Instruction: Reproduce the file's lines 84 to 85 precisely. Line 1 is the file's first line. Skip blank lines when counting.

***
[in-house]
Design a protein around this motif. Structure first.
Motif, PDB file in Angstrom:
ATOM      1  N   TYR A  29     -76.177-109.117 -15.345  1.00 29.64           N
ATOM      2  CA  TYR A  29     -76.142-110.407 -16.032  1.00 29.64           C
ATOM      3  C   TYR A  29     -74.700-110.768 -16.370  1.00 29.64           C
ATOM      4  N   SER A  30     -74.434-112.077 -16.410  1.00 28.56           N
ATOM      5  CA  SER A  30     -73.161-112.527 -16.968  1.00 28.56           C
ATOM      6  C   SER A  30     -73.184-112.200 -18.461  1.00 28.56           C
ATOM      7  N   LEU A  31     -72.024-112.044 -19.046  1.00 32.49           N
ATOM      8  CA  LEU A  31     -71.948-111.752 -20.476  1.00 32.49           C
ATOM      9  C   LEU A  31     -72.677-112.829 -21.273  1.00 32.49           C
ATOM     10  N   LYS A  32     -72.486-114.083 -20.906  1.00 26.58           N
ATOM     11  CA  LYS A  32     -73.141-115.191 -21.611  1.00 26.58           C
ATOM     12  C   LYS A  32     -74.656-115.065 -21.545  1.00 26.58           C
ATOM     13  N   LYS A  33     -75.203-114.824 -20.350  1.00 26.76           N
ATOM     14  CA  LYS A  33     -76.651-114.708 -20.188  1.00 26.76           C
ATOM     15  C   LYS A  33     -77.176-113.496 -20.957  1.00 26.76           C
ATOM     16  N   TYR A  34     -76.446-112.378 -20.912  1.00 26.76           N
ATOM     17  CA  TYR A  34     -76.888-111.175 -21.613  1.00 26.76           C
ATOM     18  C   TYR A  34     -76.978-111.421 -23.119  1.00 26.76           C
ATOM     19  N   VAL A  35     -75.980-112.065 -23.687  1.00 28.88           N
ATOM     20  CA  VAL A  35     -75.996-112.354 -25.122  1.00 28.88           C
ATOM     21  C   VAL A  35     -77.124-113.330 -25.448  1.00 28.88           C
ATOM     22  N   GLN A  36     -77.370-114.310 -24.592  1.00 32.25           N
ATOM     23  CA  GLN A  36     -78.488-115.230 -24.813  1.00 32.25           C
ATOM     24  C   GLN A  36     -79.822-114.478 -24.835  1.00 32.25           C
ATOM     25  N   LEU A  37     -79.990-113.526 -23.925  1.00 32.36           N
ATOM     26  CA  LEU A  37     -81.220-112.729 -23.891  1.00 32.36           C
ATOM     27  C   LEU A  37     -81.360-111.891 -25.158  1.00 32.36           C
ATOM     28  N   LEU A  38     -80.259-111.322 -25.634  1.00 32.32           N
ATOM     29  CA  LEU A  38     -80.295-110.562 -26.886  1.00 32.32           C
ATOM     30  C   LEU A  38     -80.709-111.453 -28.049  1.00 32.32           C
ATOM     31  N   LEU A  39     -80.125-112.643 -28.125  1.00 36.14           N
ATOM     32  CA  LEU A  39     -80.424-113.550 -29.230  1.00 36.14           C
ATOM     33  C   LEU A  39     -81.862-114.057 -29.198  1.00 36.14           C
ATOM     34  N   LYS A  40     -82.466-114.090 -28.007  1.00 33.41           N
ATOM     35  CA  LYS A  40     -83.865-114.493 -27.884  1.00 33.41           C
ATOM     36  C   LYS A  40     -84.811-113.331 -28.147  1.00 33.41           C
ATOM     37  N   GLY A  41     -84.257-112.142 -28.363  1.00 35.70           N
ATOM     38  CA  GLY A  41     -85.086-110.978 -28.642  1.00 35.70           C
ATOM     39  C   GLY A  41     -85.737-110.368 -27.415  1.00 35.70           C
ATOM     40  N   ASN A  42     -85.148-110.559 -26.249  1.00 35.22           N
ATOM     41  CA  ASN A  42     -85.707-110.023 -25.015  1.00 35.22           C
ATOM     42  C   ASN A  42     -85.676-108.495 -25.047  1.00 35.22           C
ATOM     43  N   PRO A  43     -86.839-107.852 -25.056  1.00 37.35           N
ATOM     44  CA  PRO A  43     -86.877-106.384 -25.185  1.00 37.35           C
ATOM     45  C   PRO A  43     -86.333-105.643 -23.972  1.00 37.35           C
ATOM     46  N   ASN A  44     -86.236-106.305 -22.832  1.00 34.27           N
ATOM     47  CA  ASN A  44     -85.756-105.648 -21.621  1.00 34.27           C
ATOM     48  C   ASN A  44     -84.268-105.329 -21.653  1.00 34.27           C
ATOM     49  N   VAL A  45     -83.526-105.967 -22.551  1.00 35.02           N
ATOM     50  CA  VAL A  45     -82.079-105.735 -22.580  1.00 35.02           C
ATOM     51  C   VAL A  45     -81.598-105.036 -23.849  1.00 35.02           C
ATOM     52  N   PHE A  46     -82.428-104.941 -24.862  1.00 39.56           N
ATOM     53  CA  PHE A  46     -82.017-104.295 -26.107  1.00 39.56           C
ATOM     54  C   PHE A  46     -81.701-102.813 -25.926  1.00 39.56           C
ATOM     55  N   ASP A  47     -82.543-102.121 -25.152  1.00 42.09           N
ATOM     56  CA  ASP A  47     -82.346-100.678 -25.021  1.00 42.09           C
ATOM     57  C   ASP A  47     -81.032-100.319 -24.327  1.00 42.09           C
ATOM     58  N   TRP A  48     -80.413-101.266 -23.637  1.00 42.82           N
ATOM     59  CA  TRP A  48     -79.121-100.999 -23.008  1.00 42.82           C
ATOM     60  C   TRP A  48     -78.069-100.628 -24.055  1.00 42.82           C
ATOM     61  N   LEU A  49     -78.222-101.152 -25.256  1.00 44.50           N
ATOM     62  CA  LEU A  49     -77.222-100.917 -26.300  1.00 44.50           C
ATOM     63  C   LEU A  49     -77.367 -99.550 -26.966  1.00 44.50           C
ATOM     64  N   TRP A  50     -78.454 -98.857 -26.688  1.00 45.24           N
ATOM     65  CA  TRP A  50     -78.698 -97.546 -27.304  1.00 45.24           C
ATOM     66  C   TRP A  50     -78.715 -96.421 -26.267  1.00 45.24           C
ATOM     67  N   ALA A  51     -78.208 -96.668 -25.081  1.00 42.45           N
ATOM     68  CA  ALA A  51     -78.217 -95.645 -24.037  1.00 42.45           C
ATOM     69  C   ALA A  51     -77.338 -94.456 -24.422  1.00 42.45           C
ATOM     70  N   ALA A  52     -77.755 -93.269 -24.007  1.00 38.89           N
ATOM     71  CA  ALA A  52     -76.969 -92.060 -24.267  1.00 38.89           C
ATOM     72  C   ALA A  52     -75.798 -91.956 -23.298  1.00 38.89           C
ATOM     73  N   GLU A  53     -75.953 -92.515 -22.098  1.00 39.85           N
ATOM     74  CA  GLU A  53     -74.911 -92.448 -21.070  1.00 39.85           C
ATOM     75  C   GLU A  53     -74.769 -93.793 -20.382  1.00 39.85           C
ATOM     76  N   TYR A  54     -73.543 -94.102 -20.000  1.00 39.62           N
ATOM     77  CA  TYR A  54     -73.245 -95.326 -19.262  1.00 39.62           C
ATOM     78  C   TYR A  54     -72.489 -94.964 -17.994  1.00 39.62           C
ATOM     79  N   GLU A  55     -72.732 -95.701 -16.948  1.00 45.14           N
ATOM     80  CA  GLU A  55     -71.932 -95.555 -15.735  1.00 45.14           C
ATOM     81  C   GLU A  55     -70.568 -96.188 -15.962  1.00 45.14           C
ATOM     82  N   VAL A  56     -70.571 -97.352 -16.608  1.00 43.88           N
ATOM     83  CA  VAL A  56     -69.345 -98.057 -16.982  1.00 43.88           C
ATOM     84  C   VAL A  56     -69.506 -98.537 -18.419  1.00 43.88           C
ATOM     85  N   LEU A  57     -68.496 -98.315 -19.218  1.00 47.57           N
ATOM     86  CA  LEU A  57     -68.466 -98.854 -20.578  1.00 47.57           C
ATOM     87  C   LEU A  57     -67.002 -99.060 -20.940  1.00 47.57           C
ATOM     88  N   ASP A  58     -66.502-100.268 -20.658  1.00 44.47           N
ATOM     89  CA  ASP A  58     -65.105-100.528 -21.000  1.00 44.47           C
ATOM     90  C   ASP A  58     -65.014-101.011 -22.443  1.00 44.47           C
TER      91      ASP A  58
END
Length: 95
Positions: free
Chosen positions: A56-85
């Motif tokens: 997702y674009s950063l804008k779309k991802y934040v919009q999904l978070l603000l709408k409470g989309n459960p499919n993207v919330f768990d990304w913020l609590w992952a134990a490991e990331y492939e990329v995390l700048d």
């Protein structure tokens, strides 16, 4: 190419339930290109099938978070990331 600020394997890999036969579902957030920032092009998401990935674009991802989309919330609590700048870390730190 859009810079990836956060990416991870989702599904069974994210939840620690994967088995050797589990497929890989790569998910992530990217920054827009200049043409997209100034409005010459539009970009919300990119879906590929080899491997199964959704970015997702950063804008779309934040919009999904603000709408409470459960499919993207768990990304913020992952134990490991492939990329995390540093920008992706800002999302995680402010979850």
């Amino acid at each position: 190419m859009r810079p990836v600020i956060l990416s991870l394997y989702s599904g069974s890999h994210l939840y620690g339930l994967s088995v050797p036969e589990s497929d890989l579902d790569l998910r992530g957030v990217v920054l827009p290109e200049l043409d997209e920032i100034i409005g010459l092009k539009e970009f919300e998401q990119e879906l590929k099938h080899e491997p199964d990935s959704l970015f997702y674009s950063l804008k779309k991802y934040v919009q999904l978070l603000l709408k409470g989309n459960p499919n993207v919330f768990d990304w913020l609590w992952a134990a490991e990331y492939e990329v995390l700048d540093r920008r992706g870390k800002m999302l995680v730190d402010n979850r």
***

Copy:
ATOM     81  C   GLU A  55     -70.568 -96.188 -15.962  1.00 45.14           C
ATOM     82  N   VAL A  56     -70.571 -97.352 -16.608  1.00 43.88           N